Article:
Once you’ve created a run, you can view the information you’ve sent SigOpt on the web dashboard.

Dashboard for Training Run properties, stats, and attributes.

You can see the details of a training run and how it compares against the metrics of the rest of the runs in your project.

If you have colleagues in your SigOpt team, they’ll be able to access this data. They can contribute to the same project or work in a separate project.

You can also use the terminal to kick off a SigOpt training run from a Python file:

Terminal example using SigOpt's Python library to train a sample model.

Once you’ve run your code, SigOpt provides a powerful interface for viewing all your training run parameters, metric values, and metadata:

Custom views of your training data that you can save and share.

Sort, filter, reorder columns—build and save views of your training data.

A Model-Agnostic Approach

There are many good model frameworks out there, from logistic regression to state-of-the-art deep learning architectures. Instead of restricting your toolbox to a few frameworks, we have prioritized a framework-agnostic and model-agnostic approach. Whether you’re running a simple linear regression in scikit-learn or using Facebook’s DLRM recommender model in PyTorch, we’ve got you covered. As you can see in our documentation, it takes only a few added lines of code to call the SigOpt client and store data with SigOpt.

Tracking Training Runs with Helpful Visualizations

The metric and parameter values you store with us are used in our web application to generate visualizations for comparing models produced by each run. Here’s a quick look:

Custom set of linked plots help you link traits of your model's training process to different parameters.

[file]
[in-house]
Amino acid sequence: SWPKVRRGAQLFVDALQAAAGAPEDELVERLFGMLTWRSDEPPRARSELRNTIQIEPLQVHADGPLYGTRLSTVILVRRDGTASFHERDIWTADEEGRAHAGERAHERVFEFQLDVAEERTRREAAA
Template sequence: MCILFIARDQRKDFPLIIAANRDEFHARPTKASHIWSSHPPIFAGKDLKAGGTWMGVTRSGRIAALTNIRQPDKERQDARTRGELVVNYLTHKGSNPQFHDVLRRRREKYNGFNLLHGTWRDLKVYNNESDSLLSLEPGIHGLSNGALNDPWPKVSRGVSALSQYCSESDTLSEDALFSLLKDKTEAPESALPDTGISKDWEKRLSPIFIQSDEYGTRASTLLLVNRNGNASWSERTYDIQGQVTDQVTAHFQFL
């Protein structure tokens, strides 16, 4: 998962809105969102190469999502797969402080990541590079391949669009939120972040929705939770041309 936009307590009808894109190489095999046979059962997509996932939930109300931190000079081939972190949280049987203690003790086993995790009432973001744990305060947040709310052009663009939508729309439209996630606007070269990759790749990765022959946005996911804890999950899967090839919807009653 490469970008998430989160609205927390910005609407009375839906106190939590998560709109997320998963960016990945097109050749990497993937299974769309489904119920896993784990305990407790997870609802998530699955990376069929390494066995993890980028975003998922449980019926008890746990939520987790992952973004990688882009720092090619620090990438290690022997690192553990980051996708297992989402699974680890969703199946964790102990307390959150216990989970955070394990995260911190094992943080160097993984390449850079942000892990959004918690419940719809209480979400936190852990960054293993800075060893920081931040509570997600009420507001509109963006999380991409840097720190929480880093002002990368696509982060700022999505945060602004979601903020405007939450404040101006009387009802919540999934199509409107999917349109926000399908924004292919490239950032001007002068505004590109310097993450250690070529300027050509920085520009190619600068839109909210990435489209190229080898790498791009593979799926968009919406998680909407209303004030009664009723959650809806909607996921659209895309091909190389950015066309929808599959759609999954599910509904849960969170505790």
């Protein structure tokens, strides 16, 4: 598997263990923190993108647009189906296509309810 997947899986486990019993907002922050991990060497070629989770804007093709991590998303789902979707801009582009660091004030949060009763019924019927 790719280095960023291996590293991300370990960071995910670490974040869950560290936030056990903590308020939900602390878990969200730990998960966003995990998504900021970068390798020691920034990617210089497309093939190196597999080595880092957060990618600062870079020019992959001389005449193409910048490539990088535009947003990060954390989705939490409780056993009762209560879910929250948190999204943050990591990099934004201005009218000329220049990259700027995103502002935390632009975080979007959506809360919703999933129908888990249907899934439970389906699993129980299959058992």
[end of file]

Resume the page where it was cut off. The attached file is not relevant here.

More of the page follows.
Connect the dots between inputs like learning rate, overfitting, architectural parameters and more with a mouseover on any of the plots.

Screenshot of parallel coordinates chart.

Parallel coordinates charts help you observe how certain sets of parameters led to better or worse results.

Screenshot of the checkpoints chart.

Compare the training curves of multiple models over a series of epochs.

Some of these charts may appear confusing at first, which is why we allow you to customize your dashboard to match your model type and your modeling process. We’ll discuss common workflows for gradient-boosted trees, deep learning, and other model types in the second blog post in this series.

Integration with SigOpt Tuning

As you explore the problem-solution space of your project, you can, at any time, apply SigOpt’s Bayesian ensemble to tune promising models with grid or random search to explore an area of interest. Each type of hyperparameter optimization will generate a SigOpt experiment that will suggest variations of that model within the defined parameter space, helping you advance your model.

Our documentation provides guidance on setting up your parameter space so that you can use the code for a single training run to launch a tuning cycle, and we’ll present this functionality in the third blog post in this series.

Looking Forward

In the future, we anticipate adding support for the following, based on customer demand:

  • Storing prediction artifacts such as images, confusion matrices, and more
  • Further chart customization
  • The ability to export charts

Join the Beta

This is our first step in establishing a foundational tool for modeling. With a little bit of setup, having all of your model attributes and metadata structured in one place makes it possible for you to visualize your work and collaborate with colleagues in the same project workspace.

We’d love for you to try out all of these new capabilities. Learn how you can join the beta here.

Nicki Vance Software Engineer
Barrett Williams Product Marketing Lead